The range of the first piece of the function is $4$. (easy :D) For the second piece, we know that $16. Multiplying these inequalities by $-1$ we get $-16>-x^2-y^2\geq -32$. Adding $32$ gives us $16 > 32-x^2-y^2\geq 0$. Since $x\mapsto \sqrt{x}$ is an increasing function, we get from the last inequalities $\sqrt{16}>\sqrt{32-x^2-y^2}\geq \sqrt{0} \Longleftrightarrow 4>f(x,y)\geq 0$. Thus the range of the second piece of the function is $[0,4)$ and the range of the function is $[0,4)\cup{4}=[0,4]$.
• July 19th 2008, 10:45 AM
esmeco
Thanks for the reply!You've been a great help!

Just one more thing: When you have a function like $f(x,y)=sqrt(12-x^2-y^2)$ instead of a piecewise function what steps do you take to determine the range?
• July 19th 2008, 10:55 AM
Mathstud28
Quote:

Originally Posted by esmeco
Thanks for the reply!You've been a great help!

Just one more thing: When you have a function like $f(x,y)=sqrt(12-x^2-y^2)$ instead of a piecewise function what steps do you take to determine the range?

$f(x,y)=\sqrt{12-(x^2+y^2)}$

Find all relative extrema by the normal method, in other words find all $(a,b)\quad\backepsilon\frac{\partial{f}}{\partial{ x}}(a,b)=\frac{\partial{f}}{\partial{y}}(a,b)=0$ and so forth

Now once you find all those relative extrema if any satisfy $x^2+y^2<12$ then keep them, if not get rid of them

And then finally define

$g(x,y)=x^2+y^2-12$

Then you will need to solve the following sytstem of equations

$\left\{\begin{array}{cc}f_x(x,y)=g_x(x,y)\lambda\\ f_y(x,y)=g_y(x,y)\lambda\\g(x,y)=0\end{array}\righ t\}$

Now all the points that satisfy that system, take them and the ones that you found as relative extrema under the condition that $x^2+y^2<12$ test them all in the original function and your range will be from the smallest value to the largest
• July 19th 2008, 11:04 AM
flyingsquirrel
Quote:

Originally Posted by esmeco
Just one more thing: When you have a function like $f(x,y)=sqrt(12-x^2-y^2)$ instead of a piecewise function what steps do you take to determine the range?

First, find the domain of the function and then derive the range from it. In this case the domain is such that $12-x^2-y^2>0$ because of the square root hence $x^2+y^2<12$. We also have $x^2+y^2\geq 0$, which gives, when put with the previous inequality : $0\leq x^2+y^2<12$. Doing the same algebraic manipulations than in my previous post you'll get $0<\sqrt{12-x^2-y^2}\leq \sqrt{12}$.
• July 19th 2008, 11:44 AM
esmeco
Shouldn't the domain of the function be $32-x^2-y^2\geq 0$ ?

In a function like f(x,y)=-x^4-y^4+4 what woulde be the range?
• July 19th 2008, 11:16 PM
flyingsquirrel
Quote:

Originally Posted by esmeco
Shouldn't the domain of the function be $32-x^2-y^2\geq 0$ ?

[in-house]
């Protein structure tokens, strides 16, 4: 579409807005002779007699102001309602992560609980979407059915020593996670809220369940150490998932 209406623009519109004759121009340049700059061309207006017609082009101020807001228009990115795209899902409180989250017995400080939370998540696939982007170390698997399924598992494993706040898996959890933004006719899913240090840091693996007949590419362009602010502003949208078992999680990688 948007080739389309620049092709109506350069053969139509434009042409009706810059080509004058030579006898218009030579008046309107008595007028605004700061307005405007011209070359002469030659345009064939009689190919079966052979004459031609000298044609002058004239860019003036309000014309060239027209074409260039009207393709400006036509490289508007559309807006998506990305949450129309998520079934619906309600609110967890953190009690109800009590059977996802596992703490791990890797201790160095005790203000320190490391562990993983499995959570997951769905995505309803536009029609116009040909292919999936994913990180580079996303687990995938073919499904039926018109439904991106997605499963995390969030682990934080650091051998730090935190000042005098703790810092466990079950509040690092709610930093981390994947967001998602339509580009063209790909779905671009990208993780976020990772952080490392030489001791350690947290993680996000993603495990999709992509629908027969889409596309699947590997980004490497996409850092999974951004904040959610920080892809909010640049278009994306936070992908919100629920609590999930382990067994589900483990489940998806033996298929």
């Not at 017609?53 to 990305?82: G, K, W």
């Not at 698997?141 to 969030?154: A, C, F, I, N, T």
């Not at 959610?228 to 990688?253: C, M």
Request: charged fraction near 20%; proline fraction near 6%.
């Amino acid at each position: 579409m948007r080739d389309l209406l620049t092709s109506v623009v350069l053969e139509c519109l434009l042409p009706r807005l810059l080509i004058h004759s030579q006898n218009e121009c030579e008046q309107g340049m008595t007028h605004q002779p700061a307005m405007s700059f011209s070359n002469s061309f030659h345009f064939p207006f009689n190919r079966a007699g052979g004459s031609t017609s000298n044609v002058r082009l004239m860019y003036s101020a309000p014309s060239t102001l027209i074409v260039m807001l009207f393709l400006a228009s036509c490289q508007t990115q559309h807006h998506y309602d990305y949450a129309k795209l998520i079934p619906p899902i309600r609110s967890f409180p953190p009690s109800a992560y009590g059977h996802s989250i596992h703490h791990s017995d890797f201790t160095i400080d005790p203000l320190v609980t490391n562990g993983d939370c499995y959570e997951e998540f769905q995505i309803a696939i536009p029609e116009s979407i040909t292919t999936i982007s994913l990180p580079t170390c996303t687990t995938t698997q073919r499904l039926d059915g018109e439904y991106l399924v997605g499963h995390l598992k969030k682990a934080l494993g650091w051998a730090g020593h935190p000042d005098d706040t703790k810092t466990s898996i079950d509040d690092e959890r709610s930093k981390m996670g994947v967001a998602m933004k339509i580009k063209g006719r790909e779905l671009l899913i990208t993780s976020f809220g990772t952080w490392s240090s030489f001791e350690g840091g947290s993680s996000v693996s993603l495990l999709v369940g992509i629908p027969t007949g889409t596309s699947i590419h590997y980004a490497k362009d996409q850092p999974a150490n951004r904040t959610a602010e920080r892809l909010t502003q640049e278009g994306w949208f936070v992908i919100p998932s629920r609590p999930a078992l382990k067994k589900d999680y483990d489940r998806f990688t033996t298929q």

Quote:

Originally Posted by esmeco
[...] a function like $f(x,y)=sqrt(12-x^2-y^2)$ [...]

so the domain is $12-x^2-y^2\geq 0$. Where would 32 come from ?
Quote:

In a function like f(x,y)=-x^4-y^4+4 what woulde be the range?
The domain of this function is $\mathbb{R}^2$. For two real numbers $x$ and $y$, $x^4+y^4\geq0$ hence $-x^4-y^4+4 \leq 4 \Longleftrightarrow f(x,y)\leq 4$. ( $4$ is reached at $(0,0)$) For $x=0$, we also have $f(0,y) = -y^4+4 \underset{y\to\infty}{\to} -\infty$ thus the range is $(-\infty,4]$.
• July 20th 2008, 06:57 AM
esmeco
...
I'm getting it...The problem is when we have a function like $f(x,y)=x^2+2y-4$ ,how do we handle the 2y?

We know that $x^2 \ge 0$ and substracting 4 to both memebers gives us $x^2 -4\ge -4$.But how about the 2y?Do we had 2y in both sides?

Also,in the other post you've put variable x=0.Why did you use valor 0 for x?Could we do the same here not only to x=0 but to y=0 and solve for each?
• July 20th 2008, 11:20 AM
flyingsquirrel
Quote:

Originally Posted by esmeco
I'm getting it...The problem is when we have a function like $f(x,y)=x^2+2y-4$ ,how do we handle the 2y?

In this case we can't find the range using these inequalities any longer. It worked well with the other functions but it was a special case. $x$ and $y$ had the same "importance" $f(x,y)=f(y,x)$ and the functions were not too complicated.

Quote:

Also,in the other post you've put variable x=0.Why did you use valor 0 for x?
I could have chosen any other value, the result would have been the same. I chose to fix $x$ but I could also have chosen to fix $y$.
Quote:

Could we do the same here not only to x=0 but to y=0 and solve for each?
I'm not sure to understand what you mean by "solve" but yes, we can find the range using limits, for example with $\lim_{y\to \pm \infty} f(0,y)$ or with $\lim_{y\to \pm \infty} f(42,y)$. (note that we can get the range using limits because the function is continuous on its domain, this method doesn't always work)